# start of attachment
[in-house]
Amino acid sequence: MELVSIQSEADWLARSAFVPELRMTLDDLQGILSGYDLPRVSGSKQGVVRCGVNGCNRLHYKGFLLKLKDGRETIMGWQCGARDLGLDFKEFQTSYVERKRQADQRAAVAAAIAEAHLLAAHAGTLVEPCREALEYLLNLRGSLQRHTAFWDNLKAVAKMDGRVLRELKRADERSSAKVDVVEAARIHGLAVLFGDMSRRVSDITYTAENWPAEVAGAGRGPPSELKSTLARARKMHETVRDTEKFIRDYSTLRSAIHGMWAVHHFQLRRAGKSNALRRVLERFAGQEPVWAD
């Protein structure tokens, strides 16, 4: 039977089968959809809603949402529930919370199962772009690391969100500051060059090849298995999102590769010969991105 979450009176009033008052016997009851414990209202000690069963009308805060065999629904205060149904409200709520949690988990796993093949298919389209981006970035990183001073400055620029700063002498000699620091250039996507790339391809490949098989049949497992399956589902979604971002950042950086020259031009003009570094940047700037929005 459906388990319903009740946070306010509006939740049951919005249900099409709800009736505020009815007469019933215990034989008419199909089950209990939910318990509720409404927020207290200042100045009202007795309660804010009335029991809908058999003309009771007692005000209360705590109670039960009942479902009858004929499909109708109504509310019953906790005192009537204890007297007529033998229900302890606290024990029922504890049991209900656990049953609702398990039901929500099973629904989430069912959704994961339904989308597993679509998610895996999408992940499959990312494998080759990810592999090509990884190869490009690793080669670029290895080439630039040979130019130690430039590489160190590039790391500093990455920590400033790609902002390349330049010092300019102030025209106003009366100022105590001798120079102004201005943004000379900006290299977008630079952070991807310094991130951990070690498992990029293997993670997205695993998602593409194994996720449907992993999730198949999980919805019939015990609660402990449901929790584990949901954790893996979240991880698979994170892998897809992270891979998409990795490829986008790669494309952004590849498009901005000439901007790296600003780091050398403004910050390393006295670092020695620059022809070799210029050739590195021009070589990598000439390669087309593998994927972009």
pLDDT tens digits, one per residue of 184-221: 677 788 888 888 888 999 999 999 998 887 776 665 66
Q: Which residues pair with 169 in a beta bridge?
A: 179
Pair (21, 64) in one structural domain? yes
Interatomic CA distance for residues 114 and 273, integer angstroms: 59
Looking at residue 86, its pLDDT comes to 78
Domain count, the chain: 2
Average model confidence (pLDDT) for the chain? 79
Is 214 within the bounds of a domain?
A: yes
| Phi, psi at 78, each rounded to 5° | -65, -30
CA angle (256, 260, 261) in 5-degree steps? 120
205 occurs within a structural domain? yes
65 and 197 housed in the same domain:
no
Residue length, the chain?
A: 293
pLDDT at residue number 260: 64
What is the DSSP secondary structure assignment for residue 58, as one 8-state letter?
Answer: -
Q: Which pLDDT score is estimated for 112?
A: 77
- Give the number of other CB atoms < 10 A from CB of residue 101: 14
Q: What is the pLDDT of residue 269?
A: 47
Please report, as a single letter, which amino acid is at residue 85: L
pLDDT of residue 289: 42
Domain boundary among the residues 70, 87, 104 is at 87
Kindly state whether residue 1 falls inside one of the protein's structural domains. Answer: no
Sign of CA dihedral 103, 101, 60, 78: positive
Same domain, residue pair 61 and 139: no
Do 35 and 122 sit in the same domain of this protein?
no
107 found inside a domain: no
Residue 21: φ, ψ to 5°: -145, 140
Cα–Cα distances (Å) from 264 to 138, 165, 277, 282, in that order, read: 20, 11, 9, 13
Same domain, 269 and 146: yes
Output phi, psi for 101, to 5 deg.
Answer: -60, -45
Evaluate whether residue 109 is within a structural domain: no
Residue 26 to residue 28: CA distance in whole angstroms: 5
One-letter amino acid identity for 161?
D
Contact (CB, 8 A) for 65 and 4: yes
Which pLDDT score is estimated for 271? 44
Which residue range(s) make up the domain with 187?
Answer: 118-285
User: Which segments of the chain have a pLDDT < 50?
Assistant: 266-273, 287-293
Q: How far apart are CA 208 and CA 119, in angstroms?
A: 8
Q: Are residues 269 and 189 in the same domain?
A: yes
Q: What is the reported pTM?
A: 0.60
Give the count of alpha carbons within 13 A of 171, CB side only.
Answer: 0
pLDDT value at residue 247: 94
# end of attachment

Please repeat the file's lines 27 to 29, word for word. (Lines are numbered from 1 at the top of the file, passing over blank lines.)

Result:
Q: What is the pLDDT of residue 269?
A: 47
Please report, as a single letter, which amino acid is at residue 85: L